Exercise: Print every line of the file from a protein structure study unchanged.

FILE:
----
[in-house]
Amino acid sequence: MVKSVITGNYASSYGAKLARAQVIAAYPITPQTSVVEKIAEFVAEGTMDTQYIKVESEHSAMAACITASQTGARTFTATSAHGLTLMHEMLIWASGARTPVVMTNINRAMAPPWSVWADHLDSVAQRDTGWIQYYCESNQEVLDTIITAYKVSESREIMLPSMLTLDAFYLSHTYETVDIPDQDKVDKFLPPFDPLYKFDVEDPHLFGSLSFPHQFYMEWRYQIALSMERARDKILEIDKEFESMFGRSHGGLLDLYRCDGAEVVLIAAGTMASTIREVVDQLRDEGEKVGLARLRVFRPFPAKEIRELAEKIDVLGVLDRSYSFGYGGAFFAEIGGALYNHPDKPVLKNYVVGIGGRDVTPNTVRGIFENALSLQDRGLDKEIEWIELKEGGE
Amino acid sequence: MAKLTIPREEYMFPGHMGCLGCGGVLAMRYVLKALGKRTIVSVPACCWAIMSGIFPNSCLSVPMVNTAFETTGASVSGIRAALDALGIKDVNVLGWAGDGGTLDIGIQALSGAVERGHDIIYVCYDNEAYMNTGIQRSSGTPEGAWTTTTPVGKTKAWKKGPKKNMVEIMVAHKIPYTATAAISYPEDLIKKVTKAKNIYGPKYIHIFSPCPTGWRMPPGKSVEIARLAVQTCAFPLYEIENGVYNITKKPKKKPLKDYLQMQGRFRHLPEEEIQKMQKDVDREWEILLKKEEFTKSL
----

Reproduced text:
[in-house]
Amino acid sequence: MVKSVITGNYASSYGAKLARAQVIAAYPITPQTSVVEKIAEFVAEGTMDTQYIKVESEHSAMAACITASQTGARTFTATSAHGLTLMHEMLIWASGARTPVVMTNINRAMAPPWSVWADHLDSVAQRDTGWIQYYCESNQEVLDTIITAYKVSESREIMLPSMLTLDAFYLSHTYETVDIPDQDKVDKFLPPFDPLYKFDVEDPHLFGSLSFPHQFYMEWRYQIALSMERARDKILEIDKEFESMFGRSHGGLLDLYRCDGAEVVLIAAGTMASTIREVVDQLRDEGEKVGLARLRVFRPFPAKEIRELAEKIDVLGVLDRSYSFGYGGAFFAEIGGALYNHPDKPVLKNYVVGIGGRDVTPNTVRGIFENALSLQDRGLDKEIEWIELKEGGE
Amino acid sequence: MAKLTIPREEYMFPGHMGCLGCGGVLAMRYVLKALGKRTIVSVPACCWAIMSGIFPNSCLSVPMVNTAFETTGASVSGIRAALDALGIKDVNVLGWAGDGGTLDIGIQALSGAVERGHDIIYVCYDNEAYMNTGIQRSSGTPEGAWTTTTPVGKTKAWKKGPKKNMVEIMVAHKIPYTATAAISYPEDLIKKVTKAKNIYGPKYIHIFSPCPTGWRMPPGKSVEIARLAVQTCAFPLYEIENGVYNITKKPKKKPLKDYLQMQGRFRHLPEEEIQKMQKDVDREWEILLKKEEFTKSL